The ten street memorials in the Abbey parish of St Albans, UK were unveiled in 1920 and 1921 to commemorate the dead of the 1914-18 war.
The wall plaques recorded the names of more than 100 men, including nine pairs of brothers, who from a small group of streets around the Abbey left their homes, never to return.It is believed these memorials are unique. The Imperial War Museum knows of no others still in existence.
In Abbey Parish Memorials images of the street memorials are interspersed with pictures and memorials to the Hertfordshire Yeomanry.
Five independent Troops of Yeomanry Cavalry were raised in Hertfordshire in June 1794. They were disbanded one by one between 1807 and 1824. In late 1830 and early 1831 seven new troops were formed, four of which were grouped as the South Hertfordshire Corps. Of the three independent Troops only the North Hertfordshire Troop survived. It was amalgamated with the South Hertfordshire Corps to form the Hertfordshire Yeomanry Cavalry in 1871.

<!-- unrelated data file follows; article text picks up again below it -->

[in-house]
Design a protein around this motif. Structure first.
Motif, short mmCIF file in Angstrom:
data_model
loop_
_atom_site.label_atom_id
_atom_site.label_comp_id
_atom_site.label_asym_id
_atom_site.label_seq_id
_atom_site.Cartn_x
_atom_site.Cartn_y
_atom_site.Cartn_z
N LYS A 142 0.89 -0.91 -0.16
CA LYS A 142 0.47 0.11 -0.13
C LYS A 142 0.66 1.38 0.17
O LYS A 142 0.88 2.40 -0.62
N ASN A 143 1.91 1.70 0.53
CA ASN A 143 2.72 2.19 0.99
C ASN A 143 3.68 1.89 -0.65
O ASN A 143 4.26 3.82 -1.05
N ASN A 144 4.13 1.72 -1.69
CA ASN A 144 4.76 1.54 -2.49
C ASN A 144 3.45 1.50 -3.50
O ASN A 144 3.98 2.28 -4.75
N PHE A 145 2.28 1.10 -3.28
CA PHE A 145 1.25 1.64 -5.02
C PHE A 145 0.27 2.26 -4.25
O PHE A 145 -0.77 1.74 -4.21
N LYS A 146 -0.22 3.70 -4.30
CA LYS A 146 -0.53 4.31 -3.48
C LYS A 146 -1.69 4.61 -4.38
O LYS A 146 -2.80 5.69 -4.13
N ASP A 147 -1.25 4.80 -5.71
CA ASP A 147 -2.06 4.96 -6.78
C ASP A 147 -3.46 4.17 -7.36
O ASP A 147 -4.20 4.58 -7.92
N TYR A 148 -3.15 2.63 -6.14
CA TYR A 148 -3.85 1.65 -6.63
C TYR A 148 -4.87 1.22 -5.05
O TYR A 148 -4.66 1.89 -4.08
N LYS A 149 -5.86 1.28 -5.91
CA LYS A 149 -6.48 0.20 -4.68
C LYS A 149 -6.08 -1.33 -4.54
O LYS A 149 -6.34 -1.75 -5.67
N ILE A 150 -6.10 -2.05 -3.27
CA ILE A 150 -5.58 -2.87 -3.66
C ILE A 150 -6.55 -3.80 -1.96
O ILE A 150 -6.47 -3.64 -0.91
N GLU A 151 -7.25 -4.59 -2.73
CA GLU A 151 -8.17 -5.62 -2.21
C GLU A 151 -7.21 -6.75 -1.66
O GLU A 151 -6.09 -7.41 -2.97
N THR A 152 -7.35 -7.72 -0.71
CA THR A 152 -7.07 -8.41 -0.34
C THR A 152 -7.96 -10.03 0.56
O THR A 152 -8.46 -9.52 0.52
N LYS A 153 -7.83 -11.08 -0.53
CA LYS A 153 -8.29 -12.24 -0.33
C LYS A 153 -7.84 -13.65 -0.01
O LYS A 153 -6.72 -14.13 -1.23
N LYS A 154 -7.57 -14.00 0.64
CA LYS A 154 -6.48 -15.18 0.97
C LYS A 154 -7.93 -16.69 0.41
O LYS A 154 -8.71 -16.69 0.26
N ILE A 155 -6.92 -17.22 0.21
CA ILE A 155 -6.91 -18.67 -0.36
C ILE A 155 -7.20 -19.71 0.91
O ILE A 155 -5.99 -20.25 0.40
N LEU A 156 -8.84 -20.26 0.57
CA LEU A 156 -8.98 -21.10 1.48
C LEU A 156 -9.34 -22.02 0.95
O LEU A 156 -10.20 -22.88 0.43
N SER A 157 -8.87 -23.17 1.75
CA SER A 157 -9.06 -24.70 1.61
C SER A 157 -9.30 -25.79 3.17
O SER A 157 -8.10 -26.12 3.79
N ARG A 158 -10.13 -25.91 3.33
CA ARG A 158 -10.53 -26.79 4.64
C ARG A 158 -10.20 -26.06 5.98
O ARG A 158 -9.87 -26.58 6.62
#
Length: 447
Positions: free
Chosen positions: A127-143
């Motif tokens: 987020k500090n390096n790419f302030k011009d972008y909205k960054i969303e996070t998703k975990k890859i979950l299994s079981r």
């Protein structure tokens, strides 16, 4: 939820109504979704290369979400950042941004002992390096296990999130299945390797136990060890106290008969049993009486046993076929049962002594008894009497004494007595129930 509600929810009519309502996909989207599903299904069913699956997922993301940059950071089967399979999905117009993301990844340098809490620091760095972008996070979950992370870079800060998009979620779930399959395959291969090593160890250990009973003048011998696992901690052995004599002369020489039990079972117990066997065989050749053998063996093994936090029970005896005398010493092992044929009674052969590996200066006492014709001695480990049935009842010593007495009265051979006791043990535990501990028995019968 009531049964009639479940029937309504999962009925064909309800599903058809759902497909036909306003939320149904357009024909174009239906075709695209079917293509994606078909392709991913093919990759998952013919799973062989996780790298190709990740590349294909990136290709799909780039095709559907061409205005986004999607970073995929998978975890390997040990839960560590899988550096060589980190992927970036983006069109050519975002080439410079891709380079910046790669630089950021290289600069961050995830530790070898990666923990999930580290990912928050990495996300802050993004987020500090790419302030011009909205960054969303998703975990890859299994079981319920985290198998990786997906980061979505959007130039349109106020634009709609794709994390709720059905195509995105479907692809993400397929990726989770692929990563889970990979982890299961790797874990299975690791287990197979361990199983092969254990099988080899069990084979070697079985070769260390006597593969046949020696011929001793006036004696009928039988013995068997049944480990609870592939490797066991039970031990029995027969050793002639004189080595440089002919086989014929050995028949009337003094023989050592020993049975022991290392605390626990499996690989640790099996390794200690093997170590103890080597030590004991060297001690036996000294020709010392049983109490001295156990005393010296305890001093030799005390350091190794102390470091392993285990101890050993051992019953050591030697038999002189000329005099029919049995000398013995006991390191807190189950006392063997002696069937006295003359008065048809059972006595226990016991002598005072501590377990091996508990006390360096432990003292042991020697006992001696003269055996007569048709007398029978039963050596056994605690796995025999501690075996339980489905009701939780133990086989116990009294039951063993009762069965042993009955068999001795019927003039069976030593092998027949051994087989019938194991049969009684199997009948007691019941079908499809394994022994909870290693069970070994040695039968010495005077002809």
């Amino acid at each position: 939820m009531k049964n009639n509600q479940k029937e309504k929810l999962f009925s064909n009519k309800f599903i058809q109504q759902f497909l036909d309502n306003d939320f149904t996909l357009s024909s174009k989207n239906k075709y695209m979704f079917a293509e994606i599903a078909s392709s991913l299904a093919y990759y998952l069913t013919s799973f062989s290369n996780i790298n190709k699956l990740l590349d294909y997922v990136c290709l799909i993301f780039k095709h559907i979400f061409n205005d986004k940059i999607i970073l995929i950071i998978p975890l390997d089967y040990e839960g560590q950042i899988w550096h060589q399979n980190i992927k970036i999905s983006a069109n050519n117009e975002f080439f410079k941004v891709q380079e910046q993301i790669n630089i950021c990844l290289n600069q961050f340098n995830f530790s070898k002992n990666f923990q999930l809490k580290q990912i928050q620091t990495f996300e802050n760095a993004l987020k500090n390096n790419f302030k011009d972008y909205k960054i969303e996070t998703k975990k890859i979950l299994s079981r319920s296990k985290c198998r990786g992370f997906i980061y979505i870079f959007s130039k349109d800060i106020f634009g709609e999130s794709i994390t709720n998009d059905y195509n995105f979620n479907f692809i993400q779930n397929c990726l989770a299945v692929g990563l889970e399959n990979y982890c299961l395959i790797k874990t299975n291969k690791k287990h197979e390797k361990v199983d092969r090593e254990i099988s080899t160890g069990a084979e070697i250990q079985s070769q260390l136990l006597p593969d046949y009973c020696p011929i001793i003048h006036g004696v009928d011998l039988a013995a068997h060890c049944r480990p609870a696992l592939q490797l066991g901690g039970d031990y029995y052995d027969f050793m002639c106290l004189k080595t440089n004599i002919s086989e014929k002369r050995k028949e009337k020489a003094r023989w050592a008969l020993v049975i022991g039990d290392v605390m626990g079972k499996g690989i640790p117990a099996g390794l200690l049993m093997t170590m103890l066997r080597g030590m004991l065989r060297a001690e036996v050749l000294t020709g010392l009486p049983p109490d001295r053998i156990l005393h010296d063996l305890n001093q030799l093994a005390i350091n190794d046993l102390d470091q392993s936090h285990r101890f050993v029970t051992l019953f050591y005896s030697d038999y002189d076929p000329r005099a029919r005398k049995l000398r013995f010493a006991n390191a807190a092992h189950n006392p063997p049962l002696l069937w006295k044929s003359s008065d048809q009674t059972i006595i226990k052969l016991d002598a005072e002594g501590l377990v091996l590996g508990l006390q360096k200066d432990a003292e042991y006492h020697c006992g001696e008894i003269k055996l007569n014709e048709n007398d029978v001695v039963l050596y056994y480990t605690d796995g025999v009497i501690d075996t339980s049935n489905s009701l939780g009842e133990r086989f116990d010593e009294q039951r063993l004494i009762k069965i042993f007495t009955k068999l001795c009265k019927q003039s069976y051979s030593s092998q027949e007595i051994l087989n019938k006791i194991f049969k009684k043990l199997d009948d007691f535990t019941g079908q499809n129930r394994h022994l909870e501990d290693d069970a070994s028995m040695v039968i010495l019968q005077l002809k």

1/1st Hertfordshire Yeomanry
The 1/1st was mobilised in August 1914 and attached to the Eastern Mounted Brigade, they later moved to Egypt in January 1915 and joined the Yeomanry Mounted Brigade. The Yeomanry Mounted Brigade moved to Gallipoli as dismounted troops attached to the 2nd Mounted Division and re-designated as the 5th Mounted Brigade.
Samuel Gurney Sheppard, DSO was killed in action in the advance on Chocolate Hill 21 Aug. 1915. The following is an extract from a letter written by a sergeant in the Hertfordshire Yeomanry: “Among the first to fall was our gallant leader, Lieut.-Colonel S. G. Sheppard. He was bravely marching at the head of the Regiment, when he was terribly wounded by shrapnel, but as his men reached him he very gallantly sat up to urge them on. His last command: ‘Go on, the Herts! Go on, the Herts!’
The installation was exhibited as part of a 3 person show It Might Look Alright On The Pictures at Art at Wharepuke, Kerikeri as part of the 100 year Anzac commemorations.